#WeThe15 sees Pentagram collaborate on a boldly minimalistic campaign for the world's largest marginalised community

Two Pentagram partners, Harry Pearce and Yuri Suzuki, worked with adam&eveDDB on a campaign promising to be the biggest human rights movement for 15 per cent of the world – disabled people – in time for the Paralympics.

19 August 2021


15 per cent. That’s how much of the population have a disability. Many of these 1.2 billion people struggle daily to access basic rights to healthcare, education and employment. But the new global campaign #WeThe15 aims to address this by being the world’s biggest ever human rights movement, created in partnership with the International Paralympic Committee.

20 organisations including the UN, UNESCO and the International Disability Alliance have collaborated to support adam&eveDDB’s campaign with a supporting identity designed by Pentagram’s Harry Pearce.

The identity for the campaign includes a wordmark, a symbol, and sonic branding by Pentagram partner Yuri Suzuki. The sonic branding created by Suzuki and his team uses several techniques that allow the hearing impaired to also experience the identity, embodying the values of inclusivity within the campaign deliverance techniques themselves.

The purple #WeThe15 symbol – which uses the internationally recognised colour of disability – is a minimalistic visual representation of the percentage within a pie chart. “Some of the most powerful and usable symbols in the world are the most simple,” says Pearce, “and we hope this works on that level of simplicity.” In a more unusual use of a campaign identity, throughout the Paralympic Games athletes will also wear temporary tattoos of the #WeThe15 symbol. The campaign’s type design is intended to be “clear, powerful and confident. Nothing more than that.”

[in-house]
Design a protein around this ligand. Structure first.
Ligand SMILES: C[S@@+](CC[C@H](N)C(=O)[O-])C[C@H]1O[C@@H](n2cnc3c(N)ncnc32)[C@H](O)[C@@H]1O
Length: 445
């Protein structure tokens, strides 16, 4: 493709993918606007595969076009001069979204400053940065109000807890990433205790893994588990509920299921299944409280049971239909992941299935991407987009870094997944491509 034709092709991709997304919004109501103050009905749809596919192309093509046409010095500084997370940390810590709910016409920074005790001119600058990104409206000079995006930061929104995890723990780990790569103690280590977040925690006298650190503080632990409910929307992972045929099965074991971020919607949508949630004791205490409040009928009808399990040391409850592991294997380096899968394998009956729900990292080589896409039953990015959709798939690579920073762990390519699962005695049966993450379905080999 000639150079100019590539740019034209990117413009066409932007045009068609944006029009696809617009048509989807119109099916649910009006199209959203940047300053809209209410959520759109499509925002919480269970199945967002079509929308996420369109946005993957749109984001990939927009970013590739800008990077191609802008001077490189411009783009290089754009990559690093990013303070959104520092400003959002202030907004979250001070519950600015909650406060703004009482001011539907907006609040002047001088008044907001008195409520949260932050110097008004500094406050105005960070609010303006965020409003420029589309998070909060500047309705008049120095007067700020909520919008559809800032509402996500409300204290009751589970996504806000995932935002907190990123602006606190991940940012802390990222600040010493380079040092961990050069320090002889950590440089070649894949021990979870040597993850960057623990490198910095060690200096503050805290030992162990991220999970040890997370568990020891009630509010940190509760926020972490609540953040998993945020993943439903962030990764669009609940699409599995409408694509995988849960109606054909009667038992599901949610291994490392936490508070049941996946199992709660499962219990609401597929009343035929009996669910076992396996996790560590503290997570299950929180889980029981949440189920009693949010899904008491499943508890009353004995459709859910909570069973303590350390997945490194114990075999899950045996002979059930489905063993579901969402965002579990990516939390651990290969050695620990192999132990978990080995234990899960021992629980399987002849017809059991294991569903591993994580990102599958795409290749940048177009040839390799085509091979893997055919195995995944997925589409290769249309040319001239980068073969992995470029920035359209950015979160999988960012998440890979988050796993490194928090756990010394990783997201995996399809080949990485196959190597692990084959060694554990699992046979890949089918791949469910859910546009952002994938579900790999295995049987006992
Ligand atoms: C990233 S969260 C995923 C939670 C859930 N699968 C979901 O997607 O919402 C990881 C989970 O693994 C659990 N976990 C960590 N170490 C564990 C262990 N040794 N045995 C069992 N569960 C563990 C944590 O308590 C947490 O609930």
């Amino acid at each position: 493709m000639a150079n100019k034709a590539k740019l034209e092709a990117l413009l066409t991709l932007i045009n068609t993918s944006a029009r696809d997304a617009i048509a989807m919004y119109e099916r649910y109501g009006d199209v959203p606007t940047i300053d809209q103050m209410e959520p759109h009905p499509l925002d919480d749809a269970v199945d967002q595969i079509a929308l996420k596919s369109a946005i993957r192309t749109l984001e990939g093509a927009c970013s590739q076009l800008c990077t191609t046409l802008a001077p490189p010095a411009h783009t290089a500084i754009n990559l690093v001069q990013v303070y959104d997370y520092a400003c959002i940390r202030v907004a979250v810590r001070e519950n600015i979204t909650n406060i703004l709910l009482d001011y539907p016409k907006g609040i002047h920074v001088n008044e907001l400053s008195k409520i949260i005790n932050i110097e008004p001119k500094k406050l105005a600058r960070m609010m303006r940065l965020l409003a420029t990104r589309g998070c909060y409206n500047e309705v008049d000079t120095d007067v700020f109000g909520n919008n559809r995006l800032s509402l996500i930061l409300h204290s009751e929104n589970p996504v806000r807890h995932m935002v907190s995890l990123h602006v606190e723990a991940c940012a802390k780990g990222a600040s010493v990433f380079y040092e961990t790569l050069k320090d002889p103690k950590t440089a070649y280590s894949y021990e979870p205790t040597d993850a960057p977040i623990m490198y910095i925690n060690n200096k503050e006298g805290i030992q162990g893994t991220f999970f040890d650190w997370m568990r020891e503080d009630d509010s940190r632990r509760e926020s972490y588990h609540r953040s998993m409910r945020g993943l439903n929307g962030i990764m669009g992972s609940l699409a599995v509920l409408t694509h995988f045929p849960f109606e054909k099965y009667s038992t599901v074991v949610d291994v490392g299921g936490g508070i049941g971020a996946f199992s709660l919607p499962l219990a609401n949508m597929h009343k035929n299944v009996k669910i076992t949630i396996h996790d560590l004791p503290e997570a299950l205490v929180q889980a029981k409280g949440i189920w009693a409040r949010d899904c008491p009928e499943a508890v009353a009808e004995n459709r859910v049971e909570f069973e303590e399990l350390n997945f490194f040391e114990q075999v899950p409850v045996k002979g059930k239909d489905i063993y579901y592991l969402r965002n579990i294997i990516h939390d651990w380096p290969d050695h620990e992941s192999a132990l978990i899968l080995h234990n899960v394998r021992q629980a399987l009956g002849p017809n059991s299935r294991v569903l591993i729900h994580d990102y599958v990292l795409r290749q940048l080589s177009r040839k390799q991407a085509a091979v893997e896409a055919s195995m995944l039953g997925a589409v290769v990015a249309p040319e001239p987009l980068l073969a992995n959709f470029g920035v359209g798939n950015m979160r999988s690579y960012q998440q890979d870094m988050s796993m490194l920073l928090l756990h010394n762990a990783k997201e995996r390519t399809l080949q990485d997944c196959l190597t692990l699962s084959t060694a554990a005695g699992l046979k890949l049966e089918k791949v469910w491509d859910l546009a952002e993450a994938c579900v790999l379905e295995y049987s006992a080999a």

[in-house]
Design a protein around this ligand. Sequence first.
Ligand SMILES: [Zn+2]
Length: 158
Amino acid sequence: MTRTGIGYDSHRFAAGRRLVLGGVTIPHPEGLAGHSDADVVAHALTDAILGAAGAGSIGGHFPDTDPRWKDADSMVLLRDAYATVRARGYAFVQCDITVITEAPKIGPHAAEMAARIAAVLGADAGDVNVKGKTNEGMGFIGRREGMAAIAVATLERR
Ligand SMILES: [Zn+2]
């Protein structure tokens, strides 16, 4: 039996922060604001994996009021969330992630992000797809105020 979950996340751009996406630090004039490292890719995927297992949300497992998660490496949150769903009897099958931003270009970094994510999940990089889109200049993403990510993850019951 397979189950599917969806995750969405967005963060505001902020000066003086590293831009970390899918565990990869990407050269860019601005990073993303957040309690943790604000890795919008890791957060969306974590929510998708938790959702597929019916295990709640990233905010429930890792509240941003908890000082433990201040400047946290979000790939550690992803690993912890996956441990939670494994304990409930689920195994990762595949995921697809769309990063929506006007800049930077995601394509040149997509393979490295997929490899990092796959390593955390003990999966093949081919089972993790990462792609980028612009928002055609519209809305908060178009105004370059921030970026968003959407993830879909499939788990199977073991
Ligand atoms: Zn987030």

Pentagram / Harry Pearce and Yuri Suzuki: #WeThe15 identity (Copyright © #WeThe15, 2021)

It was important, claims Pearce, that the symbol was usable enough for any and everyone; “It can be tattooed, it can be projected or created by hundreds of drones in the sky. What matters is that it is for everyone.” Pentagram’s team chose the typeface, Neue Haas Grotesk Display, and the weight for “its straightforwardness, its strength and its universality”.

90 iconic global landmarks will be illuminated in purple light including the Elysee Palace in Paris, the Niagara Falls, the Empire State Building, the Houses of Parliament and the London Eye.

To coincide with this global purple illumination, big screens across the UK like Piccadilly Lights will launch the campaign. A short film has also been created by adam&eveDDB which introduces the campaign. It will be broadcast for the first time at the Paralympics 2020 opening ceremony in Tokyo. Like race, gender and sexual orientation, #WeThe15 want to have a movement which all individuals with disabilities can feel reflected in and supported by.

The campaign will officially launch at the Paralympics opening ceremony on 24 August 2021.

GalleryPentagram / Harry Pearce and Yuri Suzuki: #WeThe15 identity (Copyright © #WeThe15, 2021)

Hero Header

adam&eveDDB: #WeThe15 campaign video (Copyright © #WeThe15, 2021)

Share Article

Further Info

About the Author

Dalia Al-Dujaili

Dalia is a freelance writer, producer and editor based in London. She’s currently the digital editor of Azeema, and the editor-in-chief of The Road to Nowhere Magazine. Previously, she was news writer at It’s Nice That, after graduating in English Literature from The University of Edinburgh.

It's Nice That Newsletters

Fancy a bit of It's Nice That in your inbox? Sign up to our newsletters and we'll keep you in the loop with everything good going on in the creative world.